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Fast parsing using multiple parallel comparator units Disclosure Number: IPCOM000029072D
Original Publication Date: 2004-Jun-15
Included in the Prior Art Database: 2004-Jun-15
Document File: 3 page(s) / 110K

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A technique is proposed for optimizing the implementation of a parsing engine based on a programmable state machine.

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Fast parsing using multiple parallel comparator units

The paper "XML Accelerator Engine" by van Lunteren et al. [1] presents a new concept for accelerating the parsing of XML documents. Section IV-B in [1] describes how the XML accelerator engine can perform a string compare operation for detecting the occurrence of selected character strings in an input character stream. This string compare operation involves a so called character memory and is performed under tight control of a (programmable) state machine as illustrated in Figure 9 in [1]. For a detailed description is referred to [1].

The presented idea extends the compare function discussed in [1] in two ways:

(1) the use of multiple comparator units under control of the (programmable) state machine instead of only one compare unit as described in [1]. (2) the use of a wider character memory to process multiple characters in a single step and/or clock cycle

The objective is to improve the performance of the parsing engine by increasing the number of characters that can be processed (e.g., compared) per clock cycle.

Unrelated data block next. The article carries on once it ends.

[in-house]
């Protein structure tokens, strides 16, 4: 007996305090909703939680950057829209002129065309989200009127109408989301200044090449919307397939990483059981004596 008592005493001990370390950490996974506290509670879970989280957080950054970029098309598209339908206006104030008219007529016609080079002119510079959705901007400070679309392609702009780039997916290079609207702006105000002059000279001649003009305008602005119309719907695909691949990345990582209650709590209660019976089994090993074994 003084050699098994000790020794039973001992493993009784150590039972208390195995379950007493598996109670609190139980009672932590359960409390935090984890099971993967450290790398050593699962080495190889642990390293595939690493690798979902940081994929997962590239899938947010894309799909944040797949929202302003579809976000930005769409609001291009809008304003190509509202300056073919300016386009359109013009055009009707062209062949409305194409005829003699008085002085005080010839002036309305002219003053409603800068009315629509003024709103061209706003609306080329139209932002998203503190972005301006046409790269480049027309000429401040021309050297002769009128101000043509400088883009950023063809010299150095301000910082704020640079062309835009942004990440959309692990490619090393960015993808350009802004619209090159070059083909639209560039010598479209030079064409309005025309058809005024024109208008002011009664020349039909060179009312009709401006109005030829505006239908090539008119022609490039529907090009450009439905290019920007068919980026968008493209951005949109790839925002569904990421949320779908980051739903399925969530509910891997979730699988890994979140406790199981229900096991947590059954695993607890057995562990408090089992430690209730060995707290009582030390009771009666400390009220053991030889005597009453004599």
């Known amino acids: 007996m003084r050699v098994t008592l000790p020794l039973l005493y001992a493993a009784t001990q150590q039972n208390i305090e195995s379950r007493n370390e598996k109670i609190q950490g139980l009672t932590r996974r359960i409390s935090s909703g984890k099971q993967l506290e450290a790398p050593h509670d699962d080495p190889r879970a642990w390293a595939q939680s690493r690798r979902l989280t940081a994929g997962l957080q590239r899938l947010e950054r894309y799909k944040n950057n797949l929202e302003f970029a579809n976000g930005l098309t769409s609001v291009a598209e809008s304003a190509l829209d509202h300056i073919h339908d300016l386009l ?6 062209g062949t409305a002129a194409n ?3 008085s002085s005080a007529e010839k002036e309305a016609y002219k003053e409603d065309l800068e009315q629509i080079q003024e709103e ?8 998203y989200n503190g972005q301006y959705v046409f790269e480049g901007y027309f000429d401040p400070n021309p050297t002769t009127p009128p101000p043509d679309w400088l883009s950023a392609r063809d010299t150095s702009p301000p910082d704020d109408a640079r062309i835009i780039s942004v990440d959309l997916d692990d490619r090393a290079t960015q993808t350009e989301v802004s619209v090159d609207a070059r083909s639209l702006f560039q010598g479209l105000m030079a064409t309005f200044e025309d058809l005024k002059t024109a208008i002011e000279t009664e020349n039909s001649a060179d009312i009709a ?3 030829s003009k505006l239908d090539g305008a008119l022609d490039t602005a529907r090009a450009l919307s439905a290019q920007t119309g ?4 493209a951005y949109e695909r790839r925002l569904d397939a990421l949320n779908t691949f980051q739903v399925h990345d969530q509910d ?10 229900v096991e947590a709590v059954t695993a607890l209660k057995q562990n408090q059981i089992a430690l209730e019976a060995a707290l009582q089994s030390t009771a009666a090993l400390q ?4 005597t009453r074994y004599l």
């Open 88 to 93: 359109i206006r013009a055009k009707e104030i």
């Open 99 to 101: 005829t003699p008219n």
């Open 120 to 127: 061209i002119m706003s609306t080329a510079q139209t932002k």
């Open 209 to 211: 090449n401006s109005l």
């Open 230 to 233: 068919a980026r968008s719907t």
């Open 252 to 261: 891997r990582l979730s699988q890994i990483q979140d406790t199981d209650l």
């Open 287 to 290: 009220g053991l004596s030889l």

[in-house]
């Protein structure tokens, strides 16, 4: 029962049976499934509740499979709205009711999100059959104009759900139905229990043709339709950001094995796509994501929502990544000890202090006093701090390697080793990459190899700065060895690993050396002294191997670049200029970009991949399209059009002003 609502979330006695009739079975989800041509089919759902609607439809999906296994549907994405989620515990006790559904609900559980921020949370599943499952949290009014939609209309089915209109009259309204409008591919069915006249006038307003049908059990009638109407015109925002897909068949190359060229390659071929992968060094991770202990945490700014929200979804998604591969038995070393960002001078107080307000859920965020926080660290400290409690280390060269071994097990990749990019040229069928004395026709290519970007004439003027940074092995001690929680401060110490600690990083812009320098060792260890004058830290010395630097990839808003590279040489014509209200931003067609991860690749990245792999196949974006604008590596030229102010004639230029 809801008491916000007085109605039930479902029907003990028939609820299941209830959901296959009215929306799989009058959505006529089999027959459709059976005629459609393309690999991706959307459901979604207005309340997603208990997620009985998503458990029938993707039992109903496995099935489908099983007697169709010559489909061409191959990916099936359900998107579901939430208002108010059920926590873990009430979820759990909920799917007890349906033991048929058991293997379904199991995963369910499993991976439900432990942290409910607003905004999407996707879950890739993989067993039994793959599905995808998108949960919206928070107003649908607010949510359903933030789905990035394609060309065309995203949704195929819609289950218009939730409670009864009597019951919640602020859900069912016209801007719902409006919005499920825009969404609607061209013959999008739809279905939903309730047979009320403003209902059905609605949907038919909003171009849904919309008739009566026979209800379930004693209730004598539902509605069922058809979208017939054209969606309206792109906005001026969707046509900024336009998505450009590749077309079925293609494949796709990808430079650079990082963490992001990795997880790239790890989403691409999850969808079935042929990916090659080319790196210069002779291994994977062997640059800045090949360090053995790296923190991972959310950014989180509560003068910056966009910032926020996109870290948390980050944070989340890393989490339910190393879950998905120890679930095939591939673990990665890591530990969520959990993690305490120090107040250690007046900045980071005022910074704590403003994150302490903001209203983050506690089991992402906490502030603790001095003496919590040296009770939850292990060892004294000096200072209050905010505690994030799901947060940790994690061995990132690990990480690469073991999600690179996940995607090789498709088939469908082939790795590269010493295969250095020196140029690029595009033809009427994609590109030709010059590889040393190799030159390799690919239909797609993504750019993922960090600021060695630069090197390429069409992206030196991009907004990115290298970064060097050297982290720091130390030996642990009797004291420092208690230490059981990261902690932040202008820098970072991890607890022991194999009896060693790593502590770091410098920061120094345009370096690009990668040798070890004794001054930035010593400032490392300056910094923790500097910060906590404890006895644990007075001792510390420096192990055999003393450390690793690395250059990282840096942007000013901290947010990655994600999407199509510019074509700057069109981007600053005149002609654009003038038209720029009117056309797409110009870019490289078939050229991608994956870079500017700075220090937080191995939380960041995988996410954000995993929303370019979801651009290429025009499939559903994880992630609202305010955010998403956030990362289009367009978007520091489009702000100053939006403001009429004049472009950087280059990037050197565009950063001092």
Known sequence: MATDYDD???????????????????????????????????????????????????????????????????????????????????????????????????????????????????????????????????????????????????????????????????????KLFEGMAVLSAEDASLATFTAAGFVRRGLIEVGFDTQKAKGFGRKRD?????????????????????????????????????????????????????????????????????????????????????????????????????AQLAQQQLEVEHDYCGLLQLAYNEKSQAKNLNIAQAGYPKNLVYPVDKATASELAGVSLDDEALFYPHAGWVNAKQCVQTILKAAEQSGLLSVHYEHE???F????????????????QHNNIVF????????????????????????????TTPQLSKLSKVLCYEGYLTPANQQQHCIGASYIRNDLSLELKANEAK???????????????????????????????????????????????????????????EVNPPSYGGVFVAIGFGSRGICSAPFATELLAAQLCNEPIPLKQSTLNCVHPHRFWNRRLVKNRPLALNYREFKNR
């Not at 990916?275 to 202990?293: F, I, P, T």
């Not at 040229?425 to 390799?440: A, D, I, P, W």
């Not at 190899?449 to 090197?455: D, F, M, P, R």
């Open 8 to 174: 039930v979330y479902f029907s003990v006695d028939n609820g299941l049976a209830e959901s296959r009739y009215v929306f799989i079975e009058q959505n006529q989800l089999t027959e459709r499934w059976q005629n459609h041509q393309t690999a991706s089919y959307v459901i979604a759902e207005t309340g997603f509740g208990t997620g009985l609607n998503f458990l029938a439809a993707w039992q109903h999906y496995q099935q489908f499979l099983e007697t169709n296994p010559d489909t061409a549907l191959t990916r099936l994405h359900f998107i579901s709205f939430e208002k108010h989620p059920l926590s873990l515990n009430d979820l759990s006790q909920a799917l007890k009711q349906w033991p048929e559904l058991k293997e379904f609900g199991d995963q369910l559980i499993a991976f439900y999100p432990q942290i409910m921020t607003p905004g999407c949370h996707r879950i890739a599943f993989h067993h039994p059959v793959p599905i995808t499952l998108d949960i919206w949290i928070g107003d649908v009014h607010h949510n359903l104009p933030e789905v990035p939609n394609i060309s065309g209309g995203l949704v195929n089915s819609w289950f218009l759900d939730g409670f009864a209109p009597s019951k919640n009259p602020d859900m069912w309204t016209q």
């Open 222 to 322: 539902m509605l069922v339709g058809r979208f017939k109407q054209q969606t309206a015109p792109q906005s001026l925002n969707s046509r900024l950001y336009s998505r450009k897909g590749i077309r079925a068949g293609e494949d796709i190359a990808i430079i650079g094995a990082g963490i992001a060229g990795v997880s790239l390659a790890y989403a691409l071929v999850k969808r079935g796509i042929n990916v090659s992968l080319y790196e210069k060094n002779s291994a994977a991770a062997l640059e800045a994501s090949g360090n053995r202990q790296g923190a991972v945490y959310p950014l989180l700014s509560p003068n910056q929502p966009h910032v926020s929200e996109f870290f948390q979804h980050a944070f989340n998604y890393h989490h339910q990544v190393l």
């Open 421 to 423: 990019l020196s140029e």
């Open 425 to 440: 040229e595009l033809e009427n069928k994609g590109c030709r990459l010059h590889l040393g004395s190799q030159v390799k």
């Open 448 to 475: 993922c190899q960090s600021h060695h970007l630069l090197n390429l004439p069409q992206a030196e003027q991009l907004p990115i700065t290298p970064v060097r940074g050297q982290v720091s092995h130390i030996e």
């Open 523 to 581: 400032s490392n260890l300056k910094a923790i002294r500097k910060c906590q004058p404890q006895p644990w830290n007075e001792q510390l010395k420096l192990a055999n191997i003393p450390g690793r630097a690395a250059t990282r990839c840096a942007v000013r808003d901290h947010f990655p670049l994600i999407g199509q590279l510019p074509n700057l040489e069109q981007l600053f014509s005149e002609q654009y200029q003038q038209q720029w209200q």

The presented idea will now be explained using the example shown in Figure 1. This example involves four comparator units as shown in Figure 1 (b). The character memory stores up to 8 characters in each memory location as shown in Figure 1 (c). In addition, also four masks are stored in each memory location, one corresponding to each comparator unit, which select the characters that have to be loaded in each of the comparator units.

The state transition diagram illustrated in Figure 1 (a) contains a transition to state s0 (shown at the top) which is associated with an instruction "load comp[7]". This instruction will load the characters that are stored at the memory location corresponding to address (or index) 7 in the character memory, into the comparator units under control of the four masks contained in the same memory location in the character memory. Figure 1 (b) shows the result of this load operation. This figure also shows the "load mask" for each comparator unit in binary notation. For example, the mask corresponding to comparator unit 1 equals 11111000b (F8h). The set bits in this mask indicate that the characters at the corresponding character positions within the selected memory location in the character memory, have to be loaded into the comparator unit. In this case, the five left-most characters are loaded into comparator unit 1 as can be seen in Figure 1 (b). The characters do not necessarily have to be loaded from adjacent character positions within a memory location. For example, the "load mask" for comparator unit 2 equals 100000111b (87h). As a result the left-most character and the three right-most characters are loaded from the memory location into the comparator unit (note that these characters are stored at adjacent character positions within the comparator unit). Comparator unit 3 and 4 are loaded in a similar way based on the two remaining...